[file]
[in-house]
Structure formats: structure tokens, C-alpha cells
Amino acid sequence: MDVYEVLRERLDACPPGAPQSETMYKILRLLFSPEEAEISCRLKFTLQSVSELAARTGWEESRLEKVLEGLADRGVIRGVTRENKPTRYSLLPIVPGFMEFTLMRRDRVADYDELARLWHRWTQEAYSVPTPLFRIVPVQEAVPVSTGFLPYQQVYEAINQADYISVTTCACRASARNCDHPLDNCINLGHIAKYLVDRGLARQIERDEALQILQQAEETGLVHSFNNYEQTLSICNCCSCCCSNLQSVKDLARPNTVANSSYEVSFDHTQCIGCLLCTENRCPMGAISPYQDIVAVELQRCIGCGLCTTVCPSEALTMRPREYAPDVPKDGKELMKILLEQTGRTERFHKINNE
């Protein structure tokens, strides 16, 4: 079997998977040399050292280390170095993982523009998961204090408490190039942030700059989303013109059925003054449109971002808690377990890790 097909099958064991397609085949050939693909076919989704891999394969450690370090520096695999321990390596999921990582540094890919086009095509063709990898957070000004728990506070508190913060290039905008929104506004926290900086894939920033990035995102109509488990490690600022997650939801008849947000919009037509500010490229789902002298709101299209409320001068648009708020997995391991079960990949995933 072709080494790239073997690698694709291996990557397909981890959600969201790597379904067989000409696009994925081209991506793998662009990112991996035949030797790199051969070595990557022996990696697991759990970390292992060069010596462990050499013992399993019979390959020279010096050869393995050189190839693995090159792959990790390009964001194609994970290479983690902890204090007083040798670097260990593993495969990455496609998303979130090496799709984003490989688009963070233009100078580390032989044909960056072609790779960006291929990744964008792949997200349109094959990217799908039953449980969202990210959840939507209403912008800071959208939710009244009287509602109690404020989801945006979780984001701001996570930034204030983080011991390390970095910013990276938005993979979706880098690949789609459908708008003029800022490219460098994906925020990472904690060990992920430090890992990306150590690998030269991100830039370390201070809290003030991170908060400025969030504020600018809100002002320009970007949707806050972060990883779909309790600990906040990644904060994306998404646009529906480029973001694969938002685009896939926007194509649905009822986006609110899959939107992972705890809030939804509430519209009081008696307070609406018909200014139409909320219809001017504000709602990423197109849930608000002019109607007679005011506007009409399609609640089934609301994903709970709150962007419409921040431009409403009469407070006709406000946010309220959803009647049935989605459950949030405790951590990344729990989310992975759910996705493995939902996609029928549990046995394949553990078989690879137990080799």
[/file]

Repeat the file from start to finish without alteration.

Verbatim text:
[in-house]
Structure formats: structure tokens, C-alpha cells
Amino acid sequence: MDVYEVLRERLDACPPGAPQSETMYKILRLLFSPEEAEISCRLKFTLQSVSELAARTGWEESRLEKVLEGLADRGVIRGVTRENKPTRYSLLPIVPGFMEFTLMRRDRVADYDELARLWHRWTQEAYSVPTPLFRIVPVQEAVPVSTGFLPYQQVYEAINQADYISVTTCACRASARNCDHPLDNCINLGHIAKYLVDRGLARQIERDEALQILQQAEETGLVHSFNNYEQTLSICNCCSCCCSNLQSVKDLARPNTVANSSYEVSFDHTQCIGCLLCTENRCPMGAISPYQDIVAVELQRCIGCGLCTTVCPSEALTMRPREYAPDVPKDGKELMKILLEQTGRTERFHKINNE
């Protein structure tokens, strides 16, 4: 079997998977040399050292280390170095993982523009998961204090408490190039942030700059989303013109059925003054449109971002808690377990890790 097909099958064991397609085949050939693909076919989704891999394969450690370090520096695999321990390596999921990582540094890919086009095509063709990898957070000004728990506070508190913060290039905008929104506004926290900086894939920033990035995102109509488990490690600022997650939801008849947000919009037509500010490229789902002298709101299209409320001068648009708020997995391991079960990949995933 072709080494790239073997690698694709291996990557397909981890959600969201790597379904067989000409696009994925081209991506793998662009990112991996035949030797790199051969070595990557022996990696697991759990970390292992060069010596462990050499013992399993019979390959020279010096050869393995050189190839693995090159792959990790390009964001194609994970290479983690902890204090007083040798670097260990593993495969990455496609998303979130090496799709984003490989688009963070233009100078580390032989044909960056072609790779960006291929990744964008792949997200349109094959990217799908039953449980969202990210959840939507209403912008800071959208939710009244009287509602109690404020989801945006979780984001701001996570930034204030983080011991390390970095910013990276938005993979979706880098690949789609459908708008003029800022490219460098994906925020990472904690060990992920430090890992990306150590690998030269991100830039370390201070809290003030991170908060400025969030504020600018809100002002320009970007949707806050972060990883779909309790600990906040990644904060994306998404646009529906480029973001694969938002685009896939926007194509649905009822986006609110899959939107992972705890809030939804509430519209009081008696307070609406018909200014139409909320219809001017504000709602990423197109849930608000002019109607007679005011506007009409399609609640089934609301994903709970709150962007419409921040431009409403009469407070006709406000946010309220959803009647049935989605459950949030405790951590990344729990989310992975759910996705493995939902996609029928549990046995394949553990078989690879137990080799």